He was a puppeteer by trade. Finally, now we knew what the hell he was! He told us one of his dreams was to work for the Jim Henson company as a puppeteer. One day he got hired to work with the Henson team in Belfast, Northern Ireland, his hometown. He was so excited to work that he couldn't handle his excitement. As he was standing around with his friends laughing a veteran puppeteer from Jim Henson studios came up and told them and said, " I miss what you guys have. Anarchy. You are true individuals. Living free under no rule. You guys are living your dream." Then he cried. It was at that moment that Paul(Hot Donkey) realized something powerful. He wasn't being himself. He wasn't chasing his own dream. He was chasing Jim Hensons dream. He said "when Jim Henson died, so did his dream." He was chasing a dead persons dream instead of his own. There would never be another Jim Henson, so trying too chase Jims vision was a waste of time. He realized, he should be chasing his own dream. He realized he shouldn't try to be like someone else. Thats what made Jim so special, Jim chased his own dream and didn't try to be anything else but himself. It was at that moment that Paul stopped trying to chase Jims dream and to take on his own life. To be bold and to be truly original. Originality was Pauls new dream. We can't live in the past and live someone elses dream. We can only follow our dream and truly commit to being original.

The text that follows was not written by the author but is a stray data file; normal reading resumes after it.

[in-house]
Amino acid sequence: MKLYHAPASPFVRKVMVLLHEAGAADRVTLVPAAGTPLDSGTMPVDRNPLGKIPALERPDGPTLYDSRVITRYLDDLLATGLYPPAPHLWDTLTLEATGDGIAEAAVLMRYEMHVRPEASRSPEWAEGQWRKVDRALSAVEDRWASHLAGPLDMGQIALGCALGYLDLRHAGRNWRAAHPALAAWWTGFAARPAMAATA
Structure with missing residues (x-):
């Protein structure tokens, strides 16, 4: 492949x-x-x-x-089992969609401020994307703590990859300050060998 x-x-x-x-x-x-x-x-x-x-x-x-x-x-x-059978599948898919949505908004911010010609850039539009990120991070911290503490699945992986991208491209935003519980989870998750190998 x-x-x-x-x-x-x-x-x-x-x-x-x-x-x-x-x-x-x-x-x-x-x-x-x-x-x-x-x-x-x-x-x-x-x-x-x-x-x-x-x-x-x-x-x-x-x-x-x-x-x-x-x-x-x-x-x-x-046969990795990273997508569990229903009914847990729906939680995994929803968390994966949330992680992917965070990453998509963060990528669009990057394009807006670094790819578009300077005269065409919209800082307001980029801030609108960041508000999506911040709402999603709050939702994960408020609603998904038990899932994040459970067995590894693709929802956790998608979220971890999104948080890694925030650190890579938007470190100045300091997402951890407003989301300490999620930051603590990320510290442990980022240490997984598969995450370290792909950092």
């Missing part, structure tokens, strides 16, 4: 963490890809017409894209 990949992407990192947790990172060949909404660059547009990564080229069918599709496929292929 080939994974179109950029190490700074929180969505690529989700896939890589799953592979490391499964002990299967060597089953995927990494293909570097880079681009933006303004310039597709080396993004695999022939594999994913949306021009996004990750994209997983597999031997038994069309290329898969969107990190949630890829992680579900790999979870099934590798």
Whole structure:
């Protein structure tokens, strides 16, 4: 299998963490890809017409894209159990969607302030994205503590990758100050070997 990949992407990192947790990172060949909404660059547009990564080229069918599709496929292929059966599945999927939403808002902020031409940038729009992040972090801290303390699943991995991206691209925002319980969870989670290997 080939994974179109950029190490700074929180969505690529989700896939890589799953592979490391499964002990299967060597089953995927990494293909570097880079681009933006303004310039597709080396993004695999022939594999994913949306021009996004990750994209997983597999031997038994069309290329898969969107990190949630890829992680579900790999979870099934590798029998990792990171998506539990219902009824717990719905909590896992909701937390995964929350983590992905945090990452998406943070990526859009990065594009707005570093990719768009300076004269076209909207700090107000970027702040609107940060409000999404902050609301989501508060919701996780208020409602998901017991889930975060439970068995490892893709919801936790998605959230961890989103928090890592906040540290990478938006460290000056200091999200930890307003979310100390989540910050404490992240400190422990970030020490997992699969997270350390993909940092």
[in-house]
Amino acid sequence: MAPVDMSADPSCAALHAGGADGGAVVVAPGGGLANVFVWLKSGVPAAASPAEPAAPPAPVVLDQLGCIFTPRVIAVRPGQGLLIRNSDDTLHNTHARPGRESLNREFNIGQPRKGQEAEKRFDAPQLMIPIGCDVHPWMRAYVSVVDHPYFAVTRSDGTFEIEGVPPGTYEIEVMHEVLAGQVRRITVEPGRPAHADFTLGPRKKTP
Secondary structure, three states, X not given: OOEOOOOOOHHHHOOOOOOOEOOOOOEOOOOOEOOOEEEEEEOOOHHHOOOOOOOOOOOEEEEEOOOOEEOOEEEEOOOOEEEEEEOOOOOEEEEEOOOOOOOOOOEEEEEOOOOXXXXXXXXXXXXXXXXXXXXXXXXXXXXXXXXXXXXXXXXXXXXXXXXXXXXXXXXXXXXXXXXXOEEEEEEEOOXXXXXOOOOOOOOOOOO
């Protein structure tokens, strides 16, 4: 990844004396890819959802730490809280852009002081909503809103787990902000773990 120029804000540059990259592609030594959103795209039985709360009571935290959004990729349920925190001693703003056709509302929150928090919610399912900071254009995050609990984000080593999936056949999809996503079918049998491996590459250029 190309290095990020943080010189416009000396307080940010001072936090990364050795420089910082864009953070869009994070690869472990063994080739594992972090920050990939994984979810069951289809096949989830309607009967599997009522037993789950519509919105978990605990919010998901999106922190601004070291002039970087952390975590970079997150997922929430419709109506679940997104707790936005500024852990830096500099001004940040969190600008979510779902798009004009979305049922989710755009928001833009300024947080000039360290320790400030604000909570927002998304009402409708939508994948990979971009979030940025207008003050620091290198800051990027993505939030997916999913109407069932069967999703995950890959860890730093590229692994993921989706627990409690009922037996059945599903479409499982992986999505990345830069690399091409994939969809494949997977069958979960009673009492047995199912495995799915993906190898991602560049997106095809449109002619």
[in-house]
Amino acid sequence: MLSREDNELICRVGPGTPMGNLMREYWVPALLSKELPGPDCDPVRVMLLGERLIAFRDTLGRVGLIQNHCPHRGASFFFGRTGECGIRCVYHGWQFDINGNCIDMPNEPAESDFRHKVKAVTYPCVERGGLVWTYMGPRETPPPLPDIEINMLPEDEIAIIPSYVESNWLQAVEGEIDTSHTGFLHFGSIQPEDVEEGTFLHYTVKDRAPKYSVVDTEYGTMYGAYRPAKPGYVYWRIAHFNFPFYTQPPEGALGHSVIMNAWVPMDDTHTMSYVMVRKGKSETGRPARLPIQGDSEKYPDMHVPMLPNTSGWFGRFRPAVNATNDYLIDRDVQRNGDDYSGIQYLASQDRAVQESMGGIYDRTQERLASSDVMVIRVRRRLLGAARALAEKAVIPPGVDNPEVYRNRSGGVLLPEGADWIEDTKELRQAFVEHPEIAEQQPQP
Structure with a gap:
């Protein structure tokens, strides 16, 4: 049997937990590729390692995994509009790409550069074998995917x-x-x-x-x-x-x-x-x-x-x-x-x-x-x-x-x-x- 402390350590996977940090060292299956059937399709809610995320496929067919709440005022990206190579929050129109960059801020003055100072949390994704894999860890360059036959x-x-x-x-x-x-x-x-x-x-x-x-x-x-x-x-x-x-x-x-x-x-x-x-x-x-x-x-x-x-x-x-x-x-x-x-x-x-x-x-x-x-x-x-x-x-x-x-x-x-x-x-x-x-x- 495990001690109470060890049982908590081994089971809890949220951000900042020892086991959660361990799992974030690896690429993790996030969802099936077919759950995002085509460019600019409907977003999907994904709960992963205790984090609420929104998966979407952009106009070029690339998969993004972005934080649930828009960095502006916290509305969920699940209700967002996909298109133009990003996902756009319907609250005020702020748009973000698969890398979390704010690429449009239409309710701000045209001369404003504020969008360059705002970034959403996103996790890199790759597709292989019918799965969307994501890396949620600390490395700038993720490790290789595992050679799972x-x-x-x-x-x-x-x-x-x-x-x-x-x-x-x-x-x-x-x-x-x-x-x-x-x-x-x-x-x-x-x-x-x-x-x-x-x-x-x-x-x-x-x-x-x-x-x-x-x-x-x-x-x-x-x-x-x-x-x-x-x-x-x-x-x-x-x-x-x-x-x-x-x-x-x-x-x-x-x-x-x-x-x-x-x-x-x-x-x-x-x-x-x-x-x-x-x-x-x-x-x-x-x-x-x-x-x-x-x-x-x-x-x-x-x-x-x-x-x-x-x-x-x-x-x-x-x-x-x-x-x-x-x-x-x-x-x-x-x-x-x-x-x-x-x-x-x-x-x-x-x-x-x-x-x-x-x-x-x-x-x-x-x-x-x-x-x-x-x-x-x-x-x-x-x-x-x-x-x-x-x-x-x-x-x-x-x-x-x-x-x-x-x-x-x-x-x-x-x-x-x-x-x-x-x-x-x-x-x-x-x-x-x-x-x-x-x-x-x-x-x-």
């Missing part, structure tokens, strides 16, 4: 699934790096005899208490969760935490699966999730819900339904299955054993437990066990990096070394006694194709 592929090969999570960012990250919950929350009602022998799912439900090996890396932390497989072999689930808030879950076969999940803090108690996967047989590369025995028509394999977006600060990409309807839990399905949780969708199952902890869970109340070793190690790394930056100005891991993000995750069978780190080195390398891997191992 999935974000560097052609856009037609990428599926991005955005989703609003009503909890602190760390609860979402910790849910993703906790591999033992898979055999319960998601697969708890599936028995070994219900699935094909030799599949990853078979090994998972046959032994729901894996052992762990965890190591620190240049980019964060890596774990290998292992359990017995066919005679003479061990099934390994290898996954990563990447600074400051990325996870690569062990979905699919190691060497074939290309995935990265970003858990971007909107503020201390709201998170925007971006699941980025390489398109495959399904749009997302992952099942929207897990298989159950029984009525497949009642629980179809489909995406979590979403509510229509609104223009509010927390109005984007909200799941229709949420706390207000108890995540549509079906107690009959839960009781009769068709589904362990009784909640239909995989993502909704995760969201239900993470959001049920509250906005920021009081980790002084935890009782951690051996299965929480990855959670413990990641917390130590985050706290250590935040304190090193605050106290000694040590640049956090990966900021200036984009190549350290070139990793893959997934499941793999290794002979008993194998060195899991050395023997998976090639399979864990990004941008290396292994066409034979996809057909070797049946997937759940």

From that day forward Paul was committed to creating an act that no one had ever seen before. An act that was different, original and honestly groundbreaking. He told us to go forward in life and be original and to never live in the past and to never try to live anyone else's dream but ours. So inspired by this speech on originality I teared up and cried. This was the inspiration I honestly had been searching for my whole life. I now had this newfound knowledge on exactly what I needed to do as an artist. This speech made me realize that I wasn't being myself on stage. Only imitating others. It clicked so quickly in my brain. I knew who I was and what I needed to do. With this newfound knowledge I raced out of the show as it closed to go catch my final show of the night that I was booked on. I barely made my slot. I felt energized and excited in a way I had never felt before. I got on stage and remember feeling invincible. I was finally me. A true and authentic version of me. What I was that night on stage was pure originality. I could feel a different energy coming from the audience as any show before. They could feel an energy coming from me they hadn't seen either. It was real, it was beautiful. I'm not here to say I was the funniest person that had ever stepped foot on that stage, but by god was it original. I was having a rebirth in those ten minutes I was up there.